(Beijing, China—January 7, 2022) The Chinese
leadership continues to advance the redraft of the CCP’s policies on religious
affairs and pushes forward a series of new ideas and concepts. The CCP leaders
also emphasized the importance of guiding religion to “adapt to a
socialist society.” This is a continuous attempt by the Party to
strengthen its control of various religious groups throughout China.
Five years ago, Beijing held a remote national
religious work conference from December 3 to 4. All provinces, autonomous
regions, and municipalities of China, and the Xinjiang Production and
Construction Corps set up branch venues. According to reports from the official
state-run press agency Xinhua News, General Secretary Xi Jinping, Chairman of
the CCP, highlighted that it is necessary further to advance the
“sinicization of religions in China,” strengthen the management of
religious affairs online and address outstanding issues that affect the proper
inheritance of religions in a productive way.
“To lead with the core values of
socialism,” Xi Jinping emphasized. There were specific directives that
were demanded at the conference, such as “to strengthen the education of
party history, new China history, the history of reform and opening up, and the
history of the rise of socialism, and to guide the practice and cultivation of
socialism, and embody Chinese culture in the religious sector and religious
In addition to pushing the development of
religion in the Chinese context, Xi Jinping also pointed out another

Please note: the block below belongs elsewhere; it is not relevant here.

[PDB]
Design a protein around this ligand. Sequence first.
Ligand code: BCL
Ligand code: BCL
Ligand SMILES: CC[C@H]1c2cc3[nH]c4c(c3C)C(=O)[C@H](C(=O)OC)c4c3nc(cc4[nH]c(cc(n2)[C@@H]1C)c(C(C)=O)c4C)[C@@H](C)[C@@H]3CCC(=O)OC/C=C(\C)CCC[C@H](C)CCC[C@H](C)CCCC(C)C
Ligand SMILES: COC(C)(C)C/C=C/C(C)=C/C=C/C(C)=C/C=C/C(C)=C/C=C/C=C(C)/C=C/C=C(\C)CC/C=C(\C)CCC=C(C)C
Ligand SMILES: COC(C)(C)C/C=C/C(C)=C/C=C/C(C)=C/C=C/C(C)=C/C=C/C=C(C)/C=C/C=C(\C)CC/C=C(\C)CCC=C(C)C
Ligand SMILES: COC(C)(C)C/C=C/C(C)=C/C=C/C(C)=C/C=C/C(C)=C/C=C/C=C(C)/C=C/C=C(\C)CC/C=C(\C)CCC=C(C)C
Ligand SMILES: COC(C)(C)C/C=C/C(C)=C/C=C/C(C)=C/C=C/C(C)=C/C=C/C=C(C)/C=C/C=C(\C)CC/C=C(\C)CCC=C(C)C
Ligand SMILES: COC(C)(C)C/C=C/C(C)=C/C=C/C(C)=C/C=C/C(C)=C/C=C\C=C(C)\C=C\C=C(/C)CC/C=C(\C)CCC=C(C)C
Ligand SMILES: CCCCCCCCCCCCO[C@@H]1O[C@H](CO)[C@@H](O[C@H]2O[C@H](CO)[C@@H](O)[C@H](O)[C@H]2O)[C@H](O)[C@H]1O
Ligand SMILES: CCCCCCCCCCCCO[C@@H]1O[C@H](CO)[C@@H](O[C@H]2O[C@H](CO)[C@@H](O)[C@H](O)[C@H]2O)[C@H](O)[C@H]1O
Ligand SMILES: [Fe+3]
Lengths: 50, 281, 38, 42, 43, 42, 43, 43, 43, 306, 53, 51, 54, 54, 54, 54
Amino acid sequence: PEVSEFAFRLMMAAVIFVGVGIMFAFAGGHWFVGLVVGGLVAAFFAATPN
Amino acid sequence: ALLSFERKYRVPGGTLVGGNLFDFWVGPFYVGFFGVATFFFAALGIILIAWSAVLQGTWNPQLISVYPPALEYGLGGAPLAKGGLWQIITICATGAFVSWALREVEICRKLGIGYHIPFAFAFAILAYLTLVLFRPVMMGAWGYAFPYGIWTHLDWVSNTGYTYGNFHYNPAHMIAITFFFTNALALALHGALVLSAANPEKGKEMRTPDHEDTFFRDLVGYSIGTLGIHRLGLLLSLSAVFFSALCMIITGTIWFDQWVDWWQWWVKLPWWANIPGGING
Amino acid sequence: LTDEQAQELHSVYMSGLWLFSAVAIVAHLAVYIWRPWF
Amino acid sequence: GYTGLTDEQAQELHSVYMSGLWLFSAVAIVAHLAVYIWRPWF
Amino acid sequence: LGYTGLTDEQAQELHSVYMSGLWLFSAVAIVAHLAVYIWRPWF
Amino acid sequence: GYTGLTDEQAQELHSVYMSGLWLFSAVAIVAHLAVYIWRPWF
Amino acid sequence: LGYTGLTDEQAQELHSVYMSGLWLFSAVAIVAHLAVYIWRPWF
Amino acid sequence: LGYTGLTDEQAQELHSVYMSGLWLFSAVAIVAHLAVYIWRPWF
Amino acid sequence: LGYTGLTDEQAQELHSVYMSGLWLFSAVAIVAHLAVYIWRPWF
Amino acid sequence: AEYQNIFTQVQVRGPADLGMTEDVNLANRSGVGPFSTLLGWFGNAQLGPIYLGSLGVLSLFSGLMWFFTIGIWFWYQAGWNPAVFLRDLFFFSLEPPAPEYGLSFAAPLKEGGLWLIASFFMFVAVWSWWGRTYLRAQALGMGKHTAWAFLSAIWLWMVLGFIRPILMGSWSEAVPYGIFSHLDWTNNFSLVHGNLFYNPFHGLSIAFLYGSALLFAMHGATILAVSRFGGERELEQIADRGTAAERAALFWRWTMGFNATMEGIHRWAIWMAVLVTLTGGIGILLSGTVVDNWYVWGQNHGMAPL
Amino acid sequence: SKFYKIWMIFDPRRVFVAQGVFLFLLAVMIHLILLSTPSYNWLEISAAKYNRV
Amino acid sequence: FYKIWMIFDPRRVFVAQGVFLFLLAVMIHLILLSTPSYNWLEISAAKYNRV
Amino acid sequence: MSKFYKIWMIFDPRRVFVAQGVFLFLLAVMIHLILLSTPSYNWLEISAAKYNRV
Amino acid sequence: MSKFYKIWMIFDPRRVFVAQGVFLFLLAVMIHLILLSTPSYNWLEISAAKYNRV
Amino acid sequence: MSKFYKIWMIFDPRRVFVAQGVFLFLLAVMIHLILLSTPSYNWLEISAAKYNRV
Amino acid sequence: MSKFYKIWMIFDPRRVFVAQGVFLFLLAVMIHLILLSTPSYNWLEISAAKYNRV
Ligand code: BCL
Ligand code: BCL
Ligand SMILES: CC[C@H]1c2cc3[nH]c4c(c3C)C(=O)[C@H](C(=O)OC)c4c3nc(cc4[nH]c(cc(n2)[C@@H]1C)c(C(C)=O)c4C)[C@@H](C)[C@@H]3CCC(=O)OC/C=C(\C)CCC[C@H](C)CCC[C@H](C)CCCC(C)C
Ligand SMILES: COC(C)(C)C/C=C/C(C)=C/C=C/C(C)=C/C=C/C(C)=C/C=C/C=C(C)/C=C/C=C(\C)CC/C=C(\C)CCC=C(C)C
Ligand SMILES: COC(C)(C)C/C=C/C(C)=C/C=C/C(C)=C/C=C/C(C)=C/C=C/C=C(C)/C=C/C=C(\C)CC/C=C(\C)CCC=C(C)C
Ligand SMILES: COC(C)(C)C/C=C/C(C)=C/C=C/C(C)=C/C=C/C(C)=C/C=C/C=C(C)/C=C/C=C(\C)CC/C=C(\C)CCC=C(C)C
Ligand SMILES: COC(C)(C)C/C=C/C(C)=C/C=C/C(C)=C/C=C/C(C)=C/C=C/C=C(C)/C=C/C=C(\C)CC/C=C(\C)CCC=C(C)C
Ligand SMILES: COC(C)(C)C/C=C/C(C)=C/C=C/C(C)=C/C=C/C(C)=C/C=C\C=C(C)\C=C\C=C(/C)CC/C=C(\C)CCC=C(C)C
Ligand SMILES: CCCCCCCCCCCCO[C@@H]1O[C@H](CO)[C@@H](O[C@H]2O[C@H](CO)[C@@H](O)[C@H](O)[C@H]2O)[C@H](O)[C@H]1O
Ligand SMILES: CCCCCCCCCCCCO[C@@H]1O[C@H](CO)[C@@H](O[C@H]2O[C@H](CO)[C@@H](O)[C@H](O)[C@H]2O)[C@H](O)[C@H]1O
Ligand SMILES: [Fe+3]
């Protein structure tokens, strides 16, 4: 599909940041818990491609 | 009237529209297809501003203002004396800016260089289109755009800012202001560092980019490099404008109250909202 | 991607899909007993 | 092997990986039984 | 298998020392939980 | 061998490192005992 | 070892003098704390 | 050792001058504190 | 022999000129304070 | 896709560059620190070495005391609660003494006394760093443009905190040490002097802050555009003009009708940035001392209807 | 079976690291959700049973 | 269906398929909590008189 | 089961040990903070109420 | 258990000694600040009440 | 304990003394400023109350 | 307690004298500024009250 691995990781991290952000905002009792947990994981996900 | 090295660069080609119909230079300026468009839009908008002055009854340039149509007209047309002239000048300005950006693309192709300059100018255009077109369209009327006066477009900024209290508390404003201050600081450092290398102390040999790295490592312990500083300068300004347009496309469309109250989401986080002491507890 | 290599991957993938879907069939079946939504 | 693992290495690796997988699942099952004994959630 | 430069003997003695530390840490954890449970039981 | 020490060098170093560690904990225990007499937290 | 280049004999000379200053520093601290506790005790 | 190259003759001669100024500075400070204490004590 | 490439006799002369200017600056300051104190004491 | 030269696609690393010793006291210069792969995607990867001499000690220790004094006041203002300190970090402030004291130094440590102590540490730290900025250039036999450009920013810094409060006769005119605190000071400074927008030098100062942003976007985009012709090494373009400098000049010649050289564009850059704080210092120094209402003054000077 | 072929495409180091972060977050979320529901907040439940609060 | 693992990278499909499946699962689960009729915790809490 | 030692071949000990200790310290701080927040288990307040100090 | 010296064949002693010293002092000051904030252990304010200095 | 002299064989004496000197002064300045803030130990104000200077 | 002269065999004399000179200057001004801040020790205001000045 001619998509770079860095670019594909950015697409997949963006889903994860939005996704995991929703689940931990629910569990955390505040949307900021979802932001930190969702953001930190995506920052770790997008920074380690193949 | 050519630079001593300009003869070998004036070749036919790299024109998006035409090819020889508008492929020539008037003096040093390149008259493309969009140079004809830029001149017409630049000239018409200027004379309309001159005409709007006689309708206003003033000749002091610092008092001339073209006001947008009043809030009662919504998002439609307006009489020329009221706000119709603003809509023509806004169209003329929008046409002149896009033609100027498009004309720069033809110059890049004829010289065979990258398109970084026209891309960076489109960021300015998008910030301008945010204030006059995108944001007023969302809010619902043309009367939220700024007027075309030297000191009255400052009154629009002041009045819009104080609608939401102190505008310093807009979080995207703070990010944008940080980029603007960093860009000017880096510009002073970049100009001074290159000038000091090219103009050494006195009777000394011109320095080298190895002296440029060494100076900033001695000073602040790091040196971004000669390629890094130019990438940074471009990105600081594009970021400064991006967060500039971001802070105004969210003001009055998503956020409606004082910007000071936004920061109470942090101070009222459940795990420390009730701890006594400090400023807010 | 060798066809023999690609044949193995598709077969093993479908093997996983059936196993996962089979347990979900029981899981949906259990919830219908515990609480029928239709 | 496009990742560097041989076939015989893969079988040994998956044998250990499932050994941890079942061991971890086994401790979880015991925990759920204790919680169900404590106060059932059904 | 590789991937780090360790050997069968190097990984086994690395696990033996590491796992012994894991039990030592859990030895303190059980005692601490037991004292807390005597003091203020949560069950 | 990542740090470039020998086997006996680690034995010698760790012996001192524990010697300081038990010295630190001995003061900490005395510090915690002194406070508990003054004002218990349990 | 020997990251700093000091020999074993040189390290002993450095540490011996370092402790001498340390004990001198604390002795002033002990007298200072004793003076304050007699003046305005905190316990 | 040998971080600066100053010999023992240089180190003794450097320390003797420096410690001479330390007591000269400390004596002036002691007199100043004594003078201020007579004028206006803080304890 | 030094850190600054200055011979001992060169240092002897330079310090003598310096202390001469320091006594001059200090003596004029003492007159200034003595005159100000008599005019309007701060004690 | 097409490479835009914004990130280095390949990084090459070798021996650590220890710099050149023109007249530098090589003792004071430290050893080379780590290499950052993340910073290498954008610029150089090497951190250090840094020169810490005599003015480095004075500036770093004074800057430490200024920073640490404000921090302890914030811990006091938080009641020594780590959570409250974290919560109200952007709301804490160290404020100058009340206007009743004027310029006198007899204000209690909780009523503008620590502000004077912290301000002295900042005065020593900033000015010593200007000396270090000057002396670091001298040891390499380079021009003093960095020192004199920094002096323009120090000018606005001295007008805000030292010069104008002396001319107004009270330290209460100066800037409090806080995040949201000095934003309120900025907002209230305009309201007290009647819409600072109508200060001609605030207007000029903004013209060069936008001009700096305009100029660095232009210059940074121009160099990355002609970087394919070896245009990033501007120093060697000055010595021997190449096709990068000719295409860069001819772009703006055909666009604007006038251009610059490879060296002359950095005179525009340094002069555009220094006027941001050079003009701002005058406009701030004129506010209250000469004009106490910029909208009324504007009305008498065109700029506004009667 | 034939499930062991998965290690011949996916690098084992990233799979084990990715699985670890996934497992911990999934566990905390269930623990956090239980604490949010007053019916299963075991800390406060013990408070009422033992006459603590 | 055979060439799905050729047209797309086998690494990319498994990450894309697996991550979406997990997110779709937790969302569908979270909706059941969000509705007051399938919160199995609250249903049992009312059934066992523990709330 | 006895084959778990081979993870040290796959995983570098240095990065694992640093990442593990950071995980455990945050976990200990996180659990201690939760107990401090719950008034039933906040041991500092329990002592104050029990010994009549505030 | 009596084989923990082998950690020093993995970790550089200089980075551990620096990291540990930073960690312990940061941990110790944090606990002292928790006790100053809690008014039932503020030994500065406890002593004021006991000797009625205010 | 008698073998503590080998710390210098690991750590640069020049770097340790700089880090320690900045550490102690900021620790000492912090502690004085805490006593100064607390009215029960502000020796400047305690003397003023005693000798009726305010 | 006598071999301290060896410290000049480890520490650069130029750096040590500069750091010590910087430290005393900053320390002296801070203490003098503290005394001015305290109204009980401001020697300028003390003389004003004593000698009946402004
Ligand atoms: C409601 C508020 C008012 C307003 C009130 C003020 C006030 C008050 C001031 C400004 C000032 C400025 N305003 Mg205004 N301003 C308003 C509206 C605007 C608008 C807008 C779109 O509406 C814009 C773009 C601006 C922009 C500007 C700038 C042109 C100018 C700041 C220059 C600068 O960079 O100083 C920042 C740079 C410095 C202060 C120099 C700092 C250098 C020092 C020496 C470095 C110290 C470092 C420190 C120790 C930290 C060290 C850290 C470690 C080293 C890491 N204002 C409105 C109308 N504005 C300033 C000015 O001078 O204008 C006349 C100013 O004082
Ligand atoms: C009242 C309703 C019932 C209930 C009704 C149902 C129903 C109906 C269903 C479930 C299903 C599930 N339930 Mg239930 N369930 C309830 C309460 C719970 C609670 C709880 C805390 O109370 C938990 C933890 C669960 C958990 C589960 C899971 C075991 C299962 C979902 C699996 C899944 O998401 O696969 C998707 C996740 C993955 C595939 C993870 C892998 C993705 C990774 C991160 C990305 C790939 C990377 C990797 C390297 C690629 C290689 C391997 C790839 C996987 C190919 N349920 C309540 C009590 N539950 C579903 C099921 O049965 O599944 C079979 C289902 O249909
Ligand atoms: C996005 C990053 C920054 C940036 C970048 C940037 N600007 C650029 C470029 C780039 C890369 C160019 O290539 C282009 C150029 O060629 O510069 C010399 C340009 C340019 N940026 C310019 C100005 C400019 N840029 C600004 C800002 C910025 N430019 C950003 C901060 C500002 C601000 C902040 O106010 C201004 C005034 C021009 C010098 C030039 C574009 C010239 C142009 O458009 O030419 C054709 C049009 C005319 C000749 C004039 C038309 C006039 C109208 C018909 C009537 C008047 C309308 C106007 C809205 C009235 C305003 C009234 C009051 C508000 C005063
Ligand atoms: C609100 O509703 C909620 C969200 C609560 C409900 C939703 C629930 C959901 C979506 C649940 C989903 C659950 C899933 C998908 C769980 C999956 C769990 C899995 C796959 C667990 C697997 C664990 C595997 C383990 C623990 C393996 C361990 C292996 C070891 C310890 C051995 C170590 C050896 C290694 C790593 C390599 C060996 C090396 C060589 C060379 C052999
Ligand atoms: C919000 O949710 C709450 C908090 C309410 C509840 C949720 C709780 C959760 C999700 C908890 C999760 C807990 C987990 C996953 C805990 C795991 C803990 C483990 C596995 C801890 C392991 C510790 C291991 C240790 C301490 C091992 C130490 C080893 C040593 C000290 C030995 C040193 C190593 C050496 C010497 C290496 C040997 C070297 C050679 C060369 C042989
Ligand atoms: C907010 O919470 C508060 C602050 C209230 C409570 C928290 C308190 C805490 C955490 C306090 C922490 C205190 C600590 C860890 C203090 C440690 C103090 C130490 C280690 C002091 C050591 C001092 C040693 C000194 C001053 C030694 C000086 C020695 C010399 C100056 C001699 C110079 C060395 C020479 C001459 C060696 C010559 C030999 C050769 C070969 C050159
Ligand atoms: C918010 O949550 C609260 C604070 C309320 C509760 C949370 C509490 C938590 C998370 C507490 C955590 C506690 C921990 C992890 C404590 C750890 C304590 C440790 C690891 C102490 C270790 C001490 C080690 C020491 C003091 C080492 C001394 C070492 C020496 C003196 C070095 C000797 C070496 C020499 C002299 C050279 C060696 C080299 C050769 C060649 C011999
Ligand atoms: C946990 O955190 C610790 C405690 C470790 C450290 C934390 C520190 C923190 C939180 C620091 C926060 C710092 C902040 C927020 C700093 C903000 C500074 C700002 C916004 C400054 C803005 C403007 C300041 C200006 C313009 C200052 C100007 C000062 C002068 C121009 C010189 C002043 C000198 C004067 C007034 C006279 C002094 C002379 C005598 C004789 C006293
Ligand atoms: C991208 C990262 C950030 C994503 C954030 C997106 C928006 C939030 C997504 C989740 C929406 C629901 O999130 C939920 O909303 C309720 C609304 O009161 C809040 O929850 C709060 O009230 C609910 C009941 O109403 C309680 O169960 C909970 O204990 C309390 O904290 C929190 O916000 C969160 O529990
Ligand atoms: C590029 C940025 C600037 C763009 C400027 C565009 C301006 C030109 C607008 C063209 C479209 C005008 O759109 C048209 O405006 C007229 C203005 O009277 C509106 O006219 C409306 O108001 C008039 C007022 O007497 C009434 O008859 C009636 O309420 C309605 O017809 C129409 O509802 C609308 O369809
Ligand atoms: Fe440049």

“major project” — to train “three teams” to engage in works
of religious affairs. One team will consist of “Party and government
officials who are adept at the Marxist view on religion, familiar with
religious affairs’ work, and competent to engage in work related to religious
believers.” Another team will be “politically reliable, have noble
achievements and good moral characters, and can play their roles in critical
times.” Xi Jinping continued that it is necessary to cultivate a religious
research team that is firm in its ideology and politics, adheres to the Marxist
view on religion, is excellent in academics, and is adept in creativity.
Professor Ying Fuk-tsang, at the Divinity
School of Chung Chi College, Chinese University of Hong Kong (CUHK), expressed
that the conference put forward specific instructions on the sinicization of
religion and added instructions on religious studies.
Professor Ying Fuk-tsang pointed out that the
cultivation of a “religious research team” is a new idea. In the
past, the upsurge of religious studies in China raised a group of scholars in
religious studies to engage in history, sociology, literature, philosophy, and
other academic areas. Many of them held a positive and sympathetic view toward
Christianity, and this particular group of influential scholars was seen as
part of the Christian mission. Professor Ying believes this may affect
religious studies, universities, and academic spaces.
In the eyes of the Chinese Communist Party
leaders, religions and religious groups are instruments to cooperate with the
Party’s socialist construction. How religion can be regarded as a practical
standard depends on the needs of the political environment. The official stance
towards religious groups is “weigh the conditions and situation;
otherwise, leniency and strict punishment will all fail” (Couplets
composed by Zhuge Liang in the Three Kingdoms Period). The Party’s tone is that
there cannot be full leniency or full strictness towards religious groups but
“guide” them in specific directions. It means through strict
management of religious groups, including implementing severe measures. The
Party’s management or crackdowns are often contrary to the protection of freedom
of belief stipulated in the Constitution of China.
Zhensai, ChinaAid Special Correspondent
China Aid exposes abuses to stand in solidarity with the persecuted and promote religious freedom, human rights, and rule of law. If you wish to partner with us in helping those persecuted by the Chinese government, please click the button below to make a charitable donation.